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Ivan Jackson, left, Store Manager Jen Harwood and Produce Manager Marl Collins.
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The line stretched to the rear of the parking lot at about 7:30 a.m.
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Price Rite on Dalton Aveenue debuted its remodeled store Friday morning and gave $20 gift cards to the first 400 customers.
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Some of the first customers of the remodeled Price Rite.
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Price Rite Marketplace Shows Off Remodel to Happy Customers

By Jeff SnoonianiBerkshires Correspondent
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Hugh Black of Pittsfield braved the cold temperatures to be at the reopening.

PITTSFIELD, Mass. — A brighter, redesigned, upgraded Price Rite Marketplace opened Friday morning on Dalton Avenue.

The 25-year-old grocery chain is rebranding all of its Massachusetts locations with a goal of an improved customer experience.

People were lined up before 7 a.m. for the 8 o'clock opening. The temperature was a seasonable 15 degrees so there was a fair amount of foot shuffling and blowing into hands. By 7:30, the number grew to several dozen and by the time 8 o'clock neared, it was close to 200 and stretched right around the perimeter of the parking lot.

The first 400 customers received a $20 gift card. They ran out within the first 45 minutes.

Senior Vice President Chris Farran was on hand from the corporate office in New Jersey. He was very pleased with the way things were starting out.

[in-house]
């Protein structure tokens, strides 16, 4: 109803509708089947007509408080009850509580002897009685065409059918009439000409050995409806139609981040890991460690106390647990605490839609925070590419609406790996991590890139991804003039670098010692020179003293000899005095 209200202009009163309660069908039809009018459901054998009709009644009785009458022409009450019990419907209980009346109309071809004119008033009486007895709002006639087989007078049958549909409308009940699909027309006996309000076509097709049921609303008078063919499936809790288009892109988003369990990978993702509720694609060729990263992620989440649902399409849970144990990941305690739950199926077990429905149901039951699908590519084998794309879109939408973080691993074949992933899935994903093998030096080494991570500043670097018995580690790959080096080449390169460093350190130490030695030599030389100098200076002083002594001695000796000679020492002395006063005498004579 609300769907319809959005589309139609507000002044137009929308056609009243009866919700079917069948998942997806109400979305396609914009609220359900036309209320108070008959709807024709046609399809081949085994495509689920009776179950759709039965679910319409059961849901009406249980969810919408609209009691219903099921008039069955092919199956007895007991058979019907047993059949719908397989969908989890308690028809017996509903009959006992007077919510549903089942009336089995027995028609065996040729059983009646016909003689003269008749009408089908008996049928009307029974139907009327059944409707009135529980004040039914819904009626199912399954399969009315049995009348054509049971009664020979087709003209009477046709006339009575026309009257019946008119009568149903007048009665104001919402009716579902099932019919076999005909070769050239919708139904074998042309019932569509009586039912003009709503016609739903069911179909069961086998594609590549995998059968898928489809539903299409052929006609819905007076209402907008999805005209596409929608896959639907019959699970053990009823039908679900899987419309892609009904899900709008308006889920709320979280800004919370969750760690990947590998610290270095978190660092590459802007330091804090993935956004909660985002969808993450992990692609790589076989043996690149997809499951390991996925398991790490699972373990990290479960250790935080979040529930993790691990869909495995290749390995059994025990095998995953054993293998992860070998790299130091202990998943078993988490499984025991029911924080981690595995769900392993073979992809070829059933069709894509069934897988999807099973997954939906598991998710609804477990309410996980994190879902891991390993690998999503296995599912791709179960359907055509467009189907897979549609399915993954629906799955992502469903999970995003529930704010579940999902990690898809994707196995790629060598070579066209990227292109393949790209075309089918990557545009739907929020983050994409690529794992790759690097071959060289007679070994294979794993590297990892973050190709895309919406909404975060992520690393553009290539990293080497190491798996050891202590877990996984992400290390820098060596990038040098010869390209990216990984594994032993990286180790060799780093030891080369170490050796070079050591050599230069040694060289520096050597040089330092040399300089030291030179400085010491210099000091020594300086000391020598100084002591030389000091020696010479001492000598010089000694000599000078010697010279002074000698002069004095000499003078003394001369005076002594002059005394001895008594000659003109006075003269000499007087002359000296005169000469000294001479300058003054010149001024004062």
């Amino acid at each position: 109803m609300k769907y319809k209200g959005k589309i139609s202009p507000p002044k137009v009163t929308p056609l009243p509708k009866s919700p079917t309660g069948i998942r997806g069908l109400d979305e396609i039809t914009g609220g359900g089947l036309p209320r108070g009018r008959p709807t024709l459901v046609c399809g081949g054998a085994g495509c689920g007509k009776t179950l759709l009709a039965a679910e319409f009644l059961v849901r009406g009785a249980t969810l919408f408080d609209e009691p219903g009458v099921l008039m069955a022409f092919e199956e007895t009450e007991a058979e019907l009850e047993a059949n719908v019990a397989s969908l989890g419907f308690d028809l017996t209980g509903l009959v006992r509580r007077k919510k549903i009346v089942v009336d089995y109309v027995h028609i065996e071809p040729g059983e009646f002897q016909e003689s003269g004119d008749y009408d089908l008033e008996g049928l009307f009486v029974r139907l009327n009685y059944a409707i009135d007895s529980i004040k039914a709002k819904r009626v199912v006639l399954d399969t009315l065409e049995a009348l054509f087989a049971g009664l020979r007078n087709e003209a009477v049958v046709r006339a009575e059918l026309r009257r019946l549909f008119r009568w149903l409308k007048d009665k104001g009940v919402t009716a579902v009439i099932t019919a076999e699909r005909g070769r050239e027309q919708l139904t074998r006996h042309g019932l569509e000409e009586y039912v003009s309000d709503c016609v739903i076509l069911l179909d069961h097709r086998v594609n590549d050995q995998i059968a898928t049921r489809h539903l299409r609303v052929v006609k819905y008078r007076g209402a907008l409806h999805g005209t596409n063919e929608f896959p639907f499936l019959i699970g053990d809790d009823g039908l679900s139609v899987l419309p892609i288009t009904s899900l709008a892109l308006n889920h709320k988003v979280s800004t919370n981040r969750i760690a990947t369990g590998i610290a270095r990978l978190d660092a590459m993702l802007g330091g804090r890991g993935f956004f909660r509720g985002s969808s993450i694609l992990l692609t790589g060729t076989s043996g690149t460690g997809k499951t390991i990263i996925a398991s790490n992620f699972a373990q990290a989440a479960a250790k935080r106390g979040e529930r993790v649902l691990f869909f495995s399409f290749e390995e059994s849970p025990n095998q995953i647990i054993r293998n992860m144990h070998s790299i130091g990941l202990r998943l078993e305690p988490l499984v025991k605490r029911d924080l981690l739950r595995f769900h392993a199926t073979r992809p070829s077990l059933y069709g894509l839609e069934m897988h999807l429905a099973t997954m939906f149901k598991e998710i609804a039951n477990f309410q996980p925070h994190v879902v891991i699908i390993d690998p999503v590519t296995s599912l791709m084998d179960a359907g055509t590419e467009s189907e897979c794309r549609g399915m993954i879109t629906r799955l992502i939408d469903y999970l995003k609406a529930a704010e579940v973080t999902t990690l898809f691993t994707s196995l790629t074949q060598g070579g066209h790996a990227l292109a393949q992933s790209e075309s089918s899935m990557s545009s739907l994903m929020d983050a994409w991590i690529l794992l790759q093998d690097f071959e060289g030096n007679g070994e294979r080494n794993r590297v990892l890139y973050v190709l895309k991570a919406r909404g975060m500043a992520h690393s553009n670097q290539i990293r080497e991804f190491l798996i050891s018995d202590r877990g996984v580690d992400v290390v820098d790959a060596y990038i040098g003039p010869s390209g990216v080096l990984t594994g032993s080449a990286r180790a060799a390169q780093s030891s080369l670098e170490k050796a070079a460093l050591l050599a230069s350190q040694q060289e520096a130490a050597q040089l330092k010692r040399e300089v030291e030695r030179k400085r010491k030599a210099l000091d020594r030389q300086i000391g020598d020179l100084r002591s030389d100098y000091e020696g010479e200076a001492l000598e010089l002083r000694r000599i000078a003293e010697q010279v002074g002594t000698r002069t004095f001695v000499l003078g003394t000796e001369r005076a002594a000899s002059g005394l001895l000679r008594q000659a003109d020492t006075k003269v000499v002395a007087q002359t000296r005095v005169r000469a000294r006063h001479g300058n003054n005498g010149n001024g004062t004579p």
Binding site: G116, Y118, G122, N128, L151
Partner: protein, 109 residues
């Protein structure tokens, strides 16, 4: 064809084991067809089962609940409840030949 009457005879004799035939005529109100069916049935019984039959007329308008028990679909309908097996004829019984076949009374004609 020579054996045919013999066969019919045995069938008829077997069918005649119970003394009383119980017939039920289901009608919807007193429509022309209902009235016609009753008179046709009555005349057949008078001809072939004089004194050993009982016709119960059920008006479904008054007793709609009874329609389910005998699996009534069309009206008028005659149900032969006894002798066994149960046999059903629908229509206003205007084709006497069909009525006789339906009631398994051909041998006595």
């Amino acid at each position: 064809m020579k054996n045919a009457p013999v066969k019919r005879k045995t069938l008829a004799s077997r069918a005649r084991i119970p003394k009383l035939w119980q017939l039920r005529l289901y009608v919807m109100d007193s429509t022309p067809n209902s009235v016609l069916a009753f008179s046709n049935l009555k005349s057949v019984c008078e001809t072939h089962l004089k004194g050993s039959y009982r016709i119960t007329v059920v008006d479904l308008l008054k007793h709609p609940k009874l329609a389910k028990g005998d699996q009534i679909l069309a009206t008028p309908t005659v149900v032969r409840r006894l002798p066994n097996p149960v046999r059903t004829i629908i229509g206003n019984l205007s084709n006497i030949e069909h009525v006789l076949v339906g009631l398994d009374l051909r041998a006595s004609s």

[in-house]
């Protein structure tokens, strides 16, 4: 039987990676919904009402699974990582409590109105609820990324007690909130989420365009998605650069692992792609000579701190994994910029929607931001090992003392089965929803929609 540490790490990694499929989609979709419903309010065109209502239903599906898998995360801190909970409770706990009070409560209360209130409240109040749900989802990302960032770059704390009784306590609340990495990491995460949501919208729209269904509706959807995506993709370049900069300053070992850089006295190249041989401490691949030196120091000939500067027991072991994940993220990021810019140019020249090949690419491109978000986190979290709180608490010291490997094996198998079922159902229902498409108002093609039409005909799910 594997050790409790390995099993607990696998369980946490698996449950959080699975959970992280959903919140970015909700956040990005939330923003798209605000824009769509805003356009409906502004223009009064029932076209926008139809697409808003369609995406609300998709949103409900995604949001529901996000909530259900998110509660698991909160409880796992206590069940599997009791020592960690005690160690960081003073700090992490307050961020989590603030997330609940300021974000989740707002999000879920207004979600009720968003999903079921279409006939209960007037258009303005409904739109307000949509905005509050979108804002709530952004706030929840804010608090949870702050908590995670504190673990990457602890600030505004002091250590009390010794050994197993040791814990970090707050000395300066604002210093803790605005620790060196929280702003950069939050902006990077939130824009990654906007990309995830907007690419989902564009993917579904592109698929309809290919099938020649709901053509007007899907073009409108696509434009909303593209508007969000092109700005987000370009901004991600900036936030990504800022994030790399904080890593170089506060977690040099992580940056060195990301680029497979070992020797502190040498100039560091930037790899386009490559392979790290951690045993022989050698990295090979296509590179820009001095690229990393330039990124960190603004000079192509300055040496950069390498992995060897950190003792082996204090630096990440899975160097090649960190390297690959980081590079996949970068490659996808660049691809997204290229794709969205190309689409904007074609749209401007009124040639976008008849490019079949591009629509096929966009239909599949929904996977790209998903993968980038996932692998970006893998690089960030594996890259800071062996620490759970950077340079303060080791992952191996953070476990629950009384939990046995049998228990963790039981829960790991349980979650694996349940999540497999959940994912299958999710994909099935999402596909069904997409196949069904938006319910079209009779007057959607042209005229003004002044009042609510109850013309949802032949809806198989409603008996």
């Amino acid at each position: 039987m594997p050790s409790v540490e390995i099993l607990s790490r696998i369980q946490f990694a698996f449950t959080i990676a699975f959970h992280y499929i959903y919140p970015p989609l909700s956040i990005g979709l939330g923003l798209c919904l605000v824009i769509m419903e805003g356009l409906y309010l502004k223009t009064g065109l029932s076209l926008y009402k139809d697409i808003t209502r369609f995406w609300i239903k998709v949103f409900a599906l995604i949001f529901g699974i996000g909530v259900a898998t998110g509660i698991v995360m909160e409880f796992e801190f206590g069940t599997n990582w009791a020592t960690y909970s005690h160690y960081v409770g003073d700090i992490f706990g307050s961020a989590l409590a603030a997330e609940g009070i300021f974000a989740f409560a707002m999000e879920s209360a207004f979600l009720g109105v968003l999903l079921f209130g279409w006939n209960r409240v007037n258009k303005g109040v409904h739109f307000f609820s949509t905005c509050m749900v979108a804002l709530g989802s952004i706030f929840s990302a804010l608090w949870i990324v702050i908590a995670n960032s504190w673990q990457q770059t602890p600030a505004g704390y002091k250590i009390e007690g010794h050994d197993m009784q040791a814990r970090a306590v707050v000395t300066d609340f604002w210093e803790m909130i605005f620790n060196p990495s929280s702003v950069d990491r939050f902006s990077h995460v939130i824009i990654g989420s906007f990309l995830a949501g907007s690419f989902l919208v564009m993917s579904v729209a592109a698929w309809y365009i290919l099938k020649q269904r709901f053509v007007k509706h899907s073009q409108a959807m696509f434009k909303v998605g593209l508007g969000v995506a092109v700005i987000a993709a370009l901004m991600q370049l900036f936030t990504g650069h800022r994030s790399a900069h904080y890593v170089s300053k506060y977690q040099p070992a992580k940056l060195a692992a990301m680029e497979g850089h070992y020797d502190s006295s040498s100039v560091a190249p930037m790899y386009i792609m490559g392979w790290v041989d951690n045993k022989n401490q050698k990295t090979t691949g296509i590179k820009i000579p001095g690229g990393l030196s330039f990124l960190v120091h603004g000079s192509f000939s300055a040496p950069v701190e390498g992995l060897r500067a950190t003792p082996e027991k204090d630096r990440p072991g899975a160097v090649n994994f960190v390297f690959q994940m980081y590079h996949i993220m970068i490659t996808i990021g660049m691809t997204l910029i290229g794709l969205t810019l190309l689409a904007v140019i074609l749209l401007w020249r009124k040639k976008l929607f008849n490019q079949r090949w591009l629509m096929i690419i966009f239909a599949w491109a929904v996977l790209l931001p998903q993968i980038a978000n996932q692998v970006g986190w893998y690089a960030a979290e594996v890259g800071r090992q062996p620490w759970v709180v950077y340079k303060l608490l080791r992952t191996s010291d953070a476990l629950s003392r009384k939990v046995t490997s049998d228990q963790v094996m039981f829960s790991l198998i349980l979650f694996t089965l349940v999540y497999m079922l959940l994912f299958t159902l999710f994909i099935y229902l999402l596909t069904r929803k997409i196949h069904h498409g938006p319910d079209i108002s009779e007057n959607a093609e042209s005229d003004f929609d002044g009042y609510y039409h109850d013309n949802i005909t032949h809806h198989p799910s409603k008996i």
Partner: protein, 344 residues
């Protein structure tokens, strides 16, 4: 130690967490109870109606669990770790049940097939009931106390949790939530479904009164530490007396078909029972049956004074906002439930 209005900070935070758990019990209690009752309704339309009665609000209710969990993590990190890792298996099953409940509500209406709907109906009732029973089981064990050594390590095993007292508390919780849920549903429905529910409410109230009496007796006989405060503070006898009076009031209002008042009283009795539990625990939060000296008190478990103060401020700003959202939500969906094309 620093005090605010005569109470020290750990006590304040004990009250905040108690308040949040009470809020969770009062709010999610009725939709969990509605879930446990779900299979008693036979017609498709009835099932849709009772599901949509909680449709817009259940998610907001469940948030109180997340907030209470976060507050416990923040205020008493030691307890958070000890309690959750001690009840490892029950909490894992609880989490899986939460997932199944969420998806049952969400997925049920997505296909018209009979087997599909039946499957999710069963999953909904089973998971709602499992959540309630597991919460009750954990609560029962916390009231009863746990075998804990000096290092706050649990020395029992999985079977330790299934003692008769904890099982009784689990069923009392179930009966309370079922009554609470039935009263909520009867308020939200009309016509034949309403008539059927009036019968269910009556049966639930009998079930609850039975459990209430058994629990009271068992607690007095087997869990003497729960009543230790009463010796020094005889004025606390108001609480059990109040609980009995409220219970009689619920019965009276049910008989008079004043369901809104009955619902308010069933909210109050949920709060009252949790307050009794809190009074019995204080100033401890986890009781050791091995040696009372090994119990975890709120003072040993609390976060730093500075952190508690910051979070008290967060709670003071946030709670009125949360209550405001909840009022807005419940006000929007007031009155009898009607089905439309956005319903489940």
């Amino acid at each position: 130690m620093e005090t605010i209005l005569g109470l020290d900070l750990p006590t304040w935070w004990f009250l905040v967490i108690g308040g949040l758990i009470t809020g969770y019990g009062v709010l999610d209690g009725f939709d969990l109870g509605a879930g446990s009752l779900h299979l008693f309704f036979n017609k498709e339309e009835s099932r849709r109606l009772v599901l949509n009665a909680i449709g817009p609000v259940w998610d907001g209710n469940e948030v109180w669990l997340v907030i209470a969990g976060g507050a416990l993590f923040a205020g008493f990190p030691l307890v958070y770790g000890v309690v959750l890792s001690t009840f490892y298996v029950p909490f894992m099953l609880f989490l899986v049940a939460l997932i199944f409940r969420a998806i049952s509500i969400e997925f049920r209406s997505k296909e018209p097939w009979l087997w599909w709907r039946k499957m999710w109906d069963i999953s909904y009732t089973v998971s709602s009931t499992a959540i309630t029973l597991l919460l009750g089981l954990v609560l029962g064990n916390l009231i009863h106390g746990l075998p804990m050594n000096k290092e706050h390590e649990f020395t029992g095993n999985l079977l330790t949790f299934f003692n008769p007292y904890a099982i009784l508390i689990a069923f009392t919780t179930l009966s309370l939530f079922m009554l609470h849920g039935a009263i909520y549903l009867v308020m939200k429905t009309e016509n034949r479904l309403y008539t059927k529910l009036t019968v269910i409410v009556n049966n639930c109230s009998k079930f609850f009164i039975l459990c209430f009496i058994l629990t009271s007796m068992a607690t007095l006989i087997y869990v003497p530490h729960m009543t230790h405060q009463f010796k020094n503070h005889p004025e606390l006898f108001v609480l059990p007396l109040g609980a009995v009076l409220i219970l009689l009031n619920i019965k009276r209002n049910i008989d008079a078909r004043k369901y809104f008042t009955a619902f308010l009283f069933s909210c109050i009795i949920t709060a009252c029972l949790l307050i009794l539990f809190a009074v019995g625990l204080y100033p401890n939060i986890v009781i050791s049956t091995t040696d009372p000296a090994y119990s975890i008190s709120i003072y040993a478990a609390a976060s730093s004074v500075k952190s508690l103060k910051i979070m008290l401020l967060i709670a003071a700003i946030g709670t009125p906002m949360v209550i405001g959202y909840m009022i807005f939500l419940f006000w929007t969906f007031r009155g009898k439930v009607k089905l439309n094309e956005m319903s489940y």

"It's exciting stuff. We are celebrating our 25th anniversary as a company and Pittsfield is celebrating its 16th anniversary. We're really excited to see so many people here so early," he said. "Massachusetts is a great market for us. We have a lot of stores down in the Springfield area. Pittsfield is our farthest west store but it's probably our most beautiful country and we have a fantastic group of customers up in this marketplace."

One of those customers is Beverly Bissell from Lee. She was first in line and had her cart already.

"I like coming here quite often, my husband and I shop here a lot; 5:30 this morning we got up! We love their chicken wings and the free gift card doesn’t hurt either!" she said.

Hugh Black of Pittsfield is a former employee of Price Rite and he waited in line along with the rest of the shivering horde.

"If they didn't do this people might have started to go someplace else. You've got to keep up with the times. There's a lot of competition these days," he said.

Store Manager Jennifer Harwood of Dalton was thrilled to see a lot of her regular customers coming through the doors. She greeted them all with a warm routine more associated with your favorite waitress from a small-town diner than that of a store manager.

"Hi honey, good to see you again. ...Let me know if there's anything you need. ... Oh hi, where is your husband this morning," she said as customers came through the door.

Harwood talked about the process of a full rebranding while still keeping the doors open for customers.

"We really started rocking and rolling and getting it all set this past month. We never closed. We did this all around the customers. My team is great, they feel revitalized and ready to go," she said. She also added some good news for the local job market. "We started with 26 employees and we now have 41 and we're still looking for help."